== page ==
Discussion in 'General Philosophy' started by Mind Over Matter, Nov 22, 2011.
Well than how could something always have existed what is somethings source.
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Short: The impossible is not such when there are no regulatory, organizing, disorganizing, and restrictive powers to violate. Absence of everything should include absence of regulatory, organizing, disorganizing, and restrictive powers. No explanation needed for "something" arising other than the lack of principles if a (probably) mythological "nothing" was the case.
The question seems to suggest that a principle which requires a "thing" to be the effect of a prior cause is potent before "something" or "anything" exists. Accordingly, suggests a temporal order and direction is potent before "something" exists (past, present, future -->) which such cause and effect are subsumed under (or vice versa?).
The next question then rears its head: If concepts, principles, laws, rules (whatever) that something usually seems to conform to were so effective or demanding before something even existed, then why would they not count as "something" themselves during this hypothesized state of "nothing"?
If the response is that they are invented abstractions that exist in name only (or have no power either now or during this supposed "absence of everything"), then there is no requirement for something to have had a cause, a source of origin, a "before something", etc.
If the response is that they do have an existential status and power, but only in a general or non-spatiotemporal sense (etc) rather than as concrete entities, then the supposed nothing is either not truly the absence of everything or is a contradictory, meaningless, unnecessary (etc) assumption.
The 'source' would be something too, so in the context of inquiring about how something got here your question is ill-conceived. If there is always a source then there was never nothing.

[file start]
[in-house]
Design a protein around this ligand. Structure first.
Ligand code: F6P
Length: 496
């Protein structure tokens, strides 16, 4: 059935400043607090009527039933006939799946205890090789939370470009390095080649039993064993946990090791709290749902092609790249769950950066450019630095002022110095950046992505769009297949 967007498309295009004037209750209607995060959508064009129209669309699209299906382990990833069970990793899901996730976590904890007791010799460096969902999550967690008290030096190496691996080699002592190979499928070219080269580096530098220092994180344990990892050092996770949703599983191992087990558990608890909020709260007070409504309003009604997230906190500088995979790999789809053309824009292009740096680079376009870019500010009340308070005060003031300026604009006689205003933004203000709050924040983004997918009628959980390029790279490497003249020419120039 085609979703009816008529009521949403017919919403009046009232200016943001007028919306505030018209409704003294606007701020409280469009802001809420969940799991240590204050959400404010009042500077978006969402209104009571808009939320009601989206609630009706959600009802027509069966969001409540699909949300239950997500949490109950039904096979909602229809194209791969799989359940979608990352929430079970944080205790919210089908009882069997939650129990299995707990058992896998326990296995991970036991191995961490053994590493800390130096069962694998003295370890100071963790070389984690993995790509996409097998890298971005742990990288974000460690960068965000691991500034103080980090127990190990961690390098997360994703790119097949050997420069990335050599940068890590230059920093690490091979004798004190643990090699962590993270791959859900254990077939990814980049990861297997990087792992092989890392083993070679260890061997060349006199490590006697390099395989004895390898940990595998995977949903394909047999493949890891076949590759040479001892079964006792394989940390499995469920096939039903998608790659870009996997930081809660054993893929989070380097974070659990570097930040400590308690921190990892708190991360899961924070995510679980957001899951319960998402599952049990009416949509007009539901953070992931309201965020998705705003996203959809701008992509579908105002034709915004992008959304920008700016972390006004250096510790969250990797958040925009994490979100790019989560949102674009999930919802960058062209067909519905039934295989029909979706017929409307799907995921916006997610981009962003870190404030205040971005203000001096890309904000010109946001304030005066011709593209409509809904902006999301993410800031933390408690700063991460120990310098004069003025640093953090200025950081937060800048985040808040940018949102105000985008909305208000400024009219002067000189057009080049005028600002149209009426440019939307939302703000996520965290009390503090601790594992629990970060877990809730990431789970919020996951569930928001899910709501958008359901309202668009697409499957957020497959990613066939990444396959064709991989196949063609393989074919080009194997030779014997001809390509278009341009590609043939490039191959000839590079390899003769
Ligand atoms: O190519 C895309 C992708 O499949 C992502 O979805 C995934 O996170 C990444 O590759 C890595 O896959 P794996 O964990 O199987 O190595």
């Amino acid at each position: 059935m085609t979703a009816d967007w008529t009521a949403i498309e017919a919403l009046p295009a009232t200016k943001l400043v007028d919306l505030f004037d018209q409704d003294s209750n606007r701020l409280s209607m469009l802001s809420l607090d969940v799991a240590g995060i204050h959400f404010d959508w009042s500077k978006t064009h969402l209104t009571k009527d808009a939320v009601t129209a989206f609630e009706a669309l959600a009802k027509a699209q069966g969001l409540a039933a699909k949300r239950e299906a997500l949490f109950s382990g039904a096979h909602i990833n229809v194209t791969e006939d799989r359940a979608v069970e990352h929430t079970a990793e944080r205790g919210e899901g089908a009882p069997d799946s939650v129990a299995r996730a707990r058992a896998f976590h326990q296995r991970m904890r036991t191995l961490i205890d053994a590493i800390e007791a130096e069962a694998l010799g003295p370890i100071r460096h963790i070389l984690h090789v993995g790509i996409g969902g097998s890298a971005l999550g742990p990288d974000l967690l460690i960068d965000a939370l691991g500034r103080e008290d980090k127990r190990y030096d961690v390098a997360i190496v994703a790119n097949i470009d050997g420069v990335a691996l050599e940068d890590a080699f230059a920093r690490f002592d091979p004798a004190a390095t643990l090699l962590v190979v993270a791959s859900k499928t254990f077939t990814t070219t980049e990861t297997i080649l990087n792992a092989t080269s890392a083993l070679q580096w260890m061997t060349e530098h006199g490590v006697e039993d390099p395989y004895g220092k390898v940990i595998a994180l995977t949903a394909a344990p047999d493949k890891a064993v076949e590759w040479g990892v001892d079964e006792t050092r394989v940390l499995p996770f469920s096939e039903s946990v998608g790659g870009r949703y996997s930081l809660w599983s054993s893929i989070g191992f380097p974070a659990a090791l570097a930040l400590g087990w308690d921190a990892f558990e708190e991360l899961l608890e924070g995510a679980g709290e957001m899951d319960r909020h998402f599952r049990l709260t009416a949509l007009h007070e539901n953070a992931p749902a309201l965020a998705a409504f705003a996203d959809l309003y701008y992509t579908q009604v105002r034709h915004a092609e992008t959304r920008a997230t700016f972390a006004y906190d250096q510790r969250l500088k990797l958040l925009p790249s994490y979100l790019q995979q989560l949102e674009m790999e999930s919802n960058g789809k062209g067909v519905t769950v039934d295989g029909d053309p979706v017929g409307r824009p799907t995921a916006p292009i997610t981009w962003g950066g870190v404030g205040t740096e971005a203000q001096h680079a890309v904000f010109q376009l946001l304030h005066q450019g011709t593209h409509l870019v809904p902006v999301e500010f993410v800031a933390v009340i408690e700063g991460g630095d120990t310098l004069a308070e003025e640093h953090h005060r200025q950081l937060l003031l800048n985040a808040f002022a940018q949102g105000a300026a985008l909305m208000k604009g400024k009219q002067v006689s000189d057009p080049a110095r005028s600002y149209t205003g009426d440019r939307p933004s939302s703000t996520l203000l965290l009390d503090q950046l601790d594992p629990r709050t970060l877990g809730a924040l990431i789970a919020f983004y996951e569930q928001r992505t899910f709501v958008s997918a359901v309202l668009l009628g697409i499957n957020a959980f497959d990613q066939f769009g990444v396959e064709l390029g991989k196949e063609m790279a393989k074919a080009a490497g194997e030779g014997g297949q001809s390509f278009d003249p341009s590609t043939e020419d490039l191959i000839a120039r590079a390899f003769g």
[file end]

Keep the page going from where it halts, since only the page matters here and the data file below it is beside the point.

Its said that because humans have a beginning (born) and ending (die) this is the reason mainly for not comprehending always or forever before.So since nothing has never existed that means something always or forever has.This confuses many.They reject it often.
Change occurs when you walk into a shop, select your goods and hand your money over the counter to an assistant. Your change is handed back to you along with a little certificate to prove how much the items cost, and other such details as the time the goods were purchased and from where. On the little certificate is also the change that was given to you.
Change is possible because without its effects nothing is possible.
We all "should" know nothing is impossible.
Assuming the inverse, everything is possible.
My mind cycles through these ideas daily in many ways.
Once you understand infinity completely, the problems associated with this reality vanish into oblivion.
Infinite regression threads seem contradictory, IMO.
Humans, with a finite lifespan, have developed words to conceptualize infinity, with one theory being that the universe has always existed.
Yet how can a finite entity wrap it's brain around forever, I wonder?
We so want to determine a source, an origin, of the universe, when in fact we still cannot explain how our own species came about on this planet.
Talk about trying to run before one can walk, lol...
Change, happening to us and all around us, constantly, predictably unpredictable. Please Register or Log in to view the hidden image!
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I think that would make a good theory or law.
The law of Unpredicable predictability.
States. "stuff changes all the time, but the change itself is constant.
But stuff doesn't change at all. I suppose one could say that things segue from a previous state to the next, but all from an intrinsic composition that has already been defined at its core—a design that remains designed. I think focusing on the process of change itself is superfluous.
1. Change is by definition the actualization of potential states
2. Out of nothing comes nothing.
3. Anything which begins to exist cannot be the source of its own reality.